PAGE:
Freedom Riders writing letters before going on the road, the Montgomery Bus Boycott, the Civil Rights Movement, the killings of Mike Brown and Eric Garner at the hands of police—all of those events and more were explored in Hope & Fury. I sat in my chair and was simultaneously horrified by the treatment that was shown, and proud of the outrageous resilience of black folks in America.

photo credit: Jeff Delumpa

photo credit: Jeff Delumpa

After I got home, I couldn’t stop thinking about the film. As Marcus Washington said, “The impact of the content of the movie will never leave you.” He was right. Even after years and years of studying black history in America, I had so many new ideas of ways to advance my people through the use of media.

The event was the perfect bookend to the end of Black History Month. Between the film and the panel, I was reminded about the importance of the media when it comes to sharing the history of blacks in America. Although it was the last day of the month, I felt like by the end of the event, everyone in the room was committed to making reflecting on and learning about the history of blacks in America all year round. We were all empowered to go forth and share our current experiences, and inspired to take charge of our own narratives.

And we have all of the tools we need. As Ms. Belva Davis said in the discussion following the film, “We need to use this new way of communicating in an adult way, passing on what we learn to have a broader view of the the world.”

About Hope and Fury: MLK, The Media and The Movement

How did Dr. Martin Luther King, Jr. and other leaders of the civil rights movement use the media to educate the country about racial inequality and injustice? The documentary, Hope & Fury: MLK, The Media and The Movement answers that question and features never before aired on network television videos from the era.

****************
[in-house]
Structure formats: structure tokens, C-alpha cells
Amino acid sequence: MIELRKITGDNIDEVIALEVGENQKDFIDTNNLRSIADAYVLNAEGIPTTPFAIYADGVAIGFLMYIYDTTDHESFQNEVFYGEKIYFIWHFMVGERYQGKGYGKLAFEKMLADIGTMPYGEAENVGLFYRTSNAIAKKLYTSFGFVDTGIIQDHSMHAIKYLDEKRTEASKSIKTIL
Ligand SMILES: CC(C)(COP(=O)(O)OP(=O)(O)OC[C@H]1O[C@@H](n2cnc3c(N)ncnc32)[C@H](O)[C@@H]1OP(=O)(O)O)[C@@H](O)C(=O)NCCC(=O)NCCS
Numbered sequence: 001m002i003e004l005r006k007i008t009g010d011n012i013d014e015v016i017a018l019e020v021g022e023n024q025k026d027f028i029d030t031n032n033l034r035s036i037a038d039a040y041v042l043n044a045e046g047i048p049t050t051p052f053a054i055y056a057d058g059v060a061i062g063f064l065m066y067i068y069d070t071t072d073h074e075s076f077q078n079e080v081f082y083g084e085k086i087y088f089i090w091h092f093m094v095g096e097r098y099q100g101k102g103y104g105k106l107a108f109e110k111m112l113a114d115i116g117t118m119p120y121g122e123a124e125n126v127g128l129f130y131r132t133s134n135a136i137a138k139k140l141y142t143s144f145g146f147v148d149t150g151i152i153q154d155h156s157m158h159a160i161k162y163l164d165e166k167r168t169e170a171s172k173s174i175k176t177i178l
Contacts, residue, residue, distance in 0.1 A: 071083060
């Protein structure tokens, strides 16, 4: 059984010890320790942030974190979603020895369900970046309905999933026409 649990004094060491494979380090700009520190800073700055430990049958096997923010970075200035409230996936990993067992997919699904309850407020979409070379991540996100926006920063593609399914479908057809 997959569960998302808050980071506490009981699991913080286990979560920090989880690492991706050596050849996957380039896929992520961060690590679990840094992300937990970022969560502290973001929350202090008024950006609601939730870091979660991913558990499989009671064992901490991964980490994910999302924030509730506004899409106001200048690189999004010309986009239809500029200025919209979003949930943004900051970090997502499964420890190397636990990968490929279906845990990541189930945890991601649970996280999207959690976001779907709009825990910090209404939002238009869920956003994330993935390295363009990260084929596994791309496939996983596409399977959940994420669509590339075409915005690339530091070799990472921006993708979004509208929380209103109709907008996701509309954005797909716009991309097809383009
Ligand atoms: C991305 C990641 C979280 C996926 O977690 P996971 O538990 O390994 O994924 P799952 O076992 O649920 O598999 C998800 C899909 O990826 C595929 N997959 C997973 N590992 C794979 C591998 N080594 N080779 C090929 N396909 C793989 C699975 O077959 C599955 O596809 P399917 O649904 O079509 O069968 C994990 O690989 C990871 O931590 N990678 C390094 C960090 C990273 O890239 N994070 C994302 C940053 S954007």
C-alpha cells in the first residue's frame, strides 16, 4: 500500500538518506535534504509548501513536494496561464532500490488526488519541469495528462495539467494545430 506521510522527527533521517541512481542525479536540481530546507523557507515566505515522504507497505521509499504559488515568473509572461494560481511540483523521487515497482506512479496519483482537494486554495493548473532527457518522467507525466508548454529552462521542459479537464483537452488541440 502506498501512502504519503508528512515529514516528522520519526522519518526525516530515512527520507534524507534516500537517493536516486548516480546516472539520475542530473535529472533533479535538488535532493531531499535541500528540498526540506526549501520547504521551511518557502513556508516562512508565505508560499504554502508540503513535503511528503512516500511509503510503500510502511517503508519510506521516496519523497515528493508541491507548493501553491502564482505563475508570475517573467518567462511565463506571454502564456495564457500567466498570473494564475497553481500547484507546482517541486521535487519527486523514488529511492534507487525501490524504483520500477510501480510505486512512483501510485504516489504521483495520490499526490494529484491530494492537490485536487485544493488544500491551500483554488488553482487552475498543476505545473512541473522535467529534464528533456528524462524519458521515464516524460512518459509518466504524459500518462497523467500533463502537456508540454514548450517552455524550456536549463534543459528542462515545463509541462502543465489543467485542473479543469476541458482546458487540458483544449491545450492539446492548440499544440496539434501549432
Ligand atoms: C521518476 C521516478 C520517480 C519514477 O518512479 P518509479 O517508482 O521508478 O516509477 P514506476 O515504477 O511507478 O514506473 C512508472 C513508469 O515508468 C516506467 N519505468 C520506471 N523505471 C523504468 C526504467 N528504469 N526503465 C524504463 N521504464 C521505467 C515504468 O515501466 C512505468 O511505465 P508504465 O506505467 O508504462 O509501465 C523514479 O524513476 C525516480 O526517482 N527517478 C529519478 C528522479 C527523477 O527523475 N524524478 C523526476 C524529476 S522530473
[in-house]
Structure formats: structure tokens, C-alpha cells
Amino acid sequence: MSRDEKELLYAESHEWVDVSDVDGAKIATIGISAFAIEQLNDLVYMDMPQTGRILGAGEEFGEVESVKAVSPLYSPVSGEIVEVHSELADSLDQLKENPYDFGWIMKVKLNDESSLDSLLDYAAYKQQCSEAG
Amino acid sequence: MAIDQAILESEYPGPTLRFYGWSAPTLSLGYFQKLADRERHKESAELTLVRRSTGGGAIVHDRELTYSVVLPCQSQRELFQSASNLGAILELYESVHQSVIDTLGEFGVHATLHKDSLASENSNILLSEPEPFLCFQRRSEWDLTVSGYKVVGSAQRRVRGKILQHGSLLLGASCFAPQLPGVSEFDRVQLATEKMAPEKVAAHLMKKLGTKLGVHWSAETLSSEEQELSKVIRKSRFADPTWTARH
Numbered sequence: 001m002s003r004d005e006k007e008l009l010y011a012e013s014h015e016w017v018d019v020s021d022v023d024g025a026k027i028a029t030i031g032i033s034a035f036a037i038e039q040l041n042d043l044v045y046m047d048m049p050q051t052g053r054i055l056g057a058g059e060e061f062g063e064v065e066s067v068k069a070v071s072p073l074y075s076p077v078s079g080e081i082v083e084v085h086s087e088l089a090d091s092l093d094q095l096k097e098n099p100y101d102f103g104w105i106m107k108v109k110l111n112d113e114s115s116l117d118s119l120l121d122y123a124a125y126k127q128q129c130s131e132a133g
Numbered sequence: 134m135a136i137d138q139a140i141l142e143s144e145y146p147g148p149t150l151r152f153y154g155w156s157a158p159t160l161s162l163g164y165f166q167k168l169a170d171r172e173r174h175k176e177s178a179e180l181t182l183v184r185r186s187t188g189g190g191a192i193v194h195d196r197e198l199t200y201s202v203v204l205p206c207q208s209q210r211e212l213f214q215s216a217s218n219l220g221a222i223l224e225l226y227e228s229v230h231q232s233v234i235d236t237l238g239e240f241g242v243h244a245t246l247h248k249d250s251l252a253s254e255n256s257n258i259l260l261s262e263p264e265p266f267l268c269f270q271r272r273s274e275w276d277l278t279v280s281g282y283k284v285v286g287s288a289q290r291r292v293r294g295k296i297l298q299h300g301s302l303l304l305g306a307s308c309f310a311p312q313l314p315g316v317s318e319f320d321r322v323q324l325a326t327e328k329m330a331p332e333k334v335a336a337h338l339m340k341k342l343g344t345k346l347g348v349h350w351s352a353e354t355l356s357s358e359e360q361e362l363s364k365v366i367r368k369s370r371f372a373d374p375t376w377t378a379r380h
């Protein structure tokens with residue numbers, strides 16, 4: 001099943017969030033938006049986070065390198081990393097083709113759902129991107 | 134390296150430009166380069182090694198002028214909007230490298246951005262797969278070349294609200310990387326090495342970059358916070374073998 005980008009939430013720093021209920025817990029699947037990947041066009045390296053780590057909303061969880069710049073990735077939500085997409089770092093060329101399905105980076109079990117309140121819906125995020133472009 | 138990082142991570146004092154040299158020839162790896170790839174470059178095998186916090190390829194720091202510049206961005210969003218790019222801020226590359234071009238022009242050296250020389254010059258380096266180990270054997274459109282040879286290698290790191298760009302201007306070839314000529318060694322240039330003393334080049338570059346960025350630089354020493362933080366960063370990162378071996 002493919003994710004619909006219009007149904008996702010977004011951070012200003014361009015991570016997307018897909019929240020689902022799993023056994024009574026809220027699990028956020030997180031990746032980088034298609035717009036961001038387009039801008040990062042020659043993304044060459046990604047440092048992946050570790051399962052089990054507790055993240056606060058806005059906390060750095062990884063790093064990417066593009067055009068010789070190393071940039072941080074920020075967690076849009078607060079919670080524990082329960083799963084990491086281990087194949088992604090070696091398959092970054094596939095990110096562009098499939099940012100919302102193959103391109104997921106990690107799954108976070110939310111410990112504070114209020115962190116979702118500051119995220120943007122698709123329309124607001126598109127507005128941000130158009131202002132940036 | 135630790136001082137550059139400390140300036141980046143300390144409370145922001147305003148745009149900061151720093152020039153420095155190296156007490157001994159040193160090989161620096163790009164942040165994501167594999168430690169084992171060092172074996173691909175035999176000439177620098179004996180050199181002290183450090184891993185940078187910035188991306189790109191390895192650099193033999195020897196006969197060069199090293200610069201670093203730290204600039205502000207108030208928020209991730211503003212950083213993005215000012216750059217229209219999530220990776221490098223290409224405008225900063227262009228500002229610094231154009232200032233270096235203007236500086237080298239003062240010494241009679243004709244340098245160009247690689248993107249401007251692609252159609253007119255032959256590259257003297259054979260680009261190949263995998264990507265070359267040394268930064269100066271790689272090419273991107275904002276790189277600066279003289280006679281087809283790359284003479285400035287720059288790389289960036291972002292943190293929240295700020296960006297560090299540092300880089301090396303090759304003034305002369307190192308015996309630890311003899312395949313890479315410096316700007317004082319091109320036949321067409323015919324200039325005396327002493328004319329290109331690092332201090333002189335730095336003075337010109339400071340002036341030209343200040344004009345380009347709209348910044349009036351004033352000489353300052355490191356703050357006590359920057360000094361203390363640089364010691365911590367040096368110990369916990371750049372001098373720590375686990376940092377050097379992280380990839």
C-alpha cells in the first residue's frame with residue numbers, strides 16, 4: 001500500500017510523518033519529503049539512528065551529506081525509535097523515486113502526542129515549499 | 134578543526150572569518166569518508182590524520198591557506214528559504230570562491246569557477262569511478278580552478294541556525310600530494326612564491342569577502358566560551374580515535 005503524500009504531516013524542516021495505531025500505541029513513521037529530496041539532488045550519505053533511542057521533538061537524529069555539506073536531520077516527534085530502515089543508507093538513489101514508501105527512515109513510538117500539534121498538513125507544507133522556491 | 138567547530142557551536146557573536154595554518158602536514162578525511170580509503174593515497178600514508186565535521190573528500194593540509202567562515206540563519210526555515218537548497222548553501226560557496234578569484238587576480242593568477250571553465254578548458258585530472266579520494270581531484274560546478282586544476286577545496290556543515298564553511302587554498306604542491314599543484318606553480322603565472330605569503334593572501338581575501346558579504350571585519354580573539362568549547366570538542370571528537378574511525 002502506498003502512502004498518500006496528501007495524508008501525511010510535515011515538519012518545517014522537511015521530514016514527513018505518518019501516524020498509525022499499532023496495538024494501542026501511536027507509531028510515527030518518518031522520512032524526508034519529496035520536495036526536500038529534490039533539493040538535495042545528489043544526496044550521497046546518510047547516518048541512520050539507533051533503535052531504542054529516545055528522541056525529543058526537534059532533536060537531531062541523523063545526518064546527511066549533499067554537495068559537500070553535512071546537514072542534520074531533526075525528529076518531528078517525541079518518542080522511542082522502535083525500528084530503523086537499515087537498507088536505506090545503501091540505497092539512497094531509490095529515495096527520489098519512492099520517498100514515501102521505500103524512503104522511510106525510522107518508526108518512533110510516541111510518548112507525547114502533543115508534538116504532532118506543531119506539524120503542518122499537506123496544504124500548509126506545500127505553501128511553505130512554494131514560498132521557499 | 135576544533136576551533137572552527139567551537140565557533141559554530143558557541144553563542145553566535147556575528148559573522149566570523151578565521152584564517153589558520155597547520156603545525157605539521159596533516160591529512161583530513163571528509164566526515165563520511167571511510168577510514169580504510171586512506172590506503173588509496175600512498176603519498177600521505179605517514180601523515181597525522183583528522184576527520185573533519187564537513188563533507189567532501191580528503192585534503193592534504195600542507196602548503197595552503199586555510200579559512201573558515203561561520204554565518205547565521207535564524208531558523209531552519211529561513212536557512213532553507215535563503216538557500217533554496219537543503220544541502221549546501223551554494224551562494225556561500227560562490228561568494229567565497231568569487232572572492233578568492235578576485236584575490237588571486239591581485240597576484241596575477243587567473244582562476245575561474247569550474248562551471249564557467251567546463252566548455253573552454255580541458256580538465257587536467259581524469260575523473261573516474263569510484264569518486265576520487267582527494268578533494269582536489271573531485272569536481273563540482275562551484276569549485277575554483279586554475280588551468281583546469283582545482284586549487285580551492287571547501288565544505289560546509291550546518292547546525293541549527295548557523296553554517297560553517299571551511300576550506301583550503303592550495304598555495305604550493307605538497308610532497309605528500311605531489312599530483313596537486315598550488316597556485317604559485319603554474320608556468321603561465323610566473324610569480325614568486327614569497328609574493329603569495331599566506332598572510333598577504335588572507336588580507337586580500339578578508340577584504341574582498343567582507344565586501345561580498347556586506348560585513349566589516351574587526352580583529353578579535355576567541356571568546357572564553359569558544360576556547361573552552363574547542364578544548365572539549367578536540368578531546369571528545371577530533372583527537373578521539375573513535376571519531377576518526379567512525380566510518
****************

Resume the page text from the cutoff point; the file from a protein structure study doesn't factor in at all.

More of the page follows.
The film features journalists from the era and today, civil rights leaders, as well as activists and folks who lived the experiences. Even those of us who thought we knew everything there was to know about the  Civil Rights Movement will learn new information about the times thanks to personal accounts and rare archival footage and photographs.

From the murder of Emmett Till, Little Rock and Selma to modern-day events in Charlottesville and Ferguson, the film navigates the struggles of the civil rights movement in the 1960s and draws a straight line to a new generation of activists, including the Black Lives Matter movement. The documentary shows how protesters using social media today employ the same strategies as Dr. King and movement leaders when stark images of brutality moved a nation and made history. The film also highlights how today’s protestors communicate directly to mass audiences via digital platforms like Facebook and Twitter.

The documentary film was produced and directed by award-winning Producers and Directors Rachel Dretzin and Phil Bertelsen and narrated by Lester Holt, anchor of “NBC Nightly News with Lester Holt.”

The opinions expressed in this post belong solely to the participants, and do not necessarily reflect the opinions of the filmmakers, film owners, distributors and affiliates. This is part of a sponsorship with Comcast but the opinions are my own.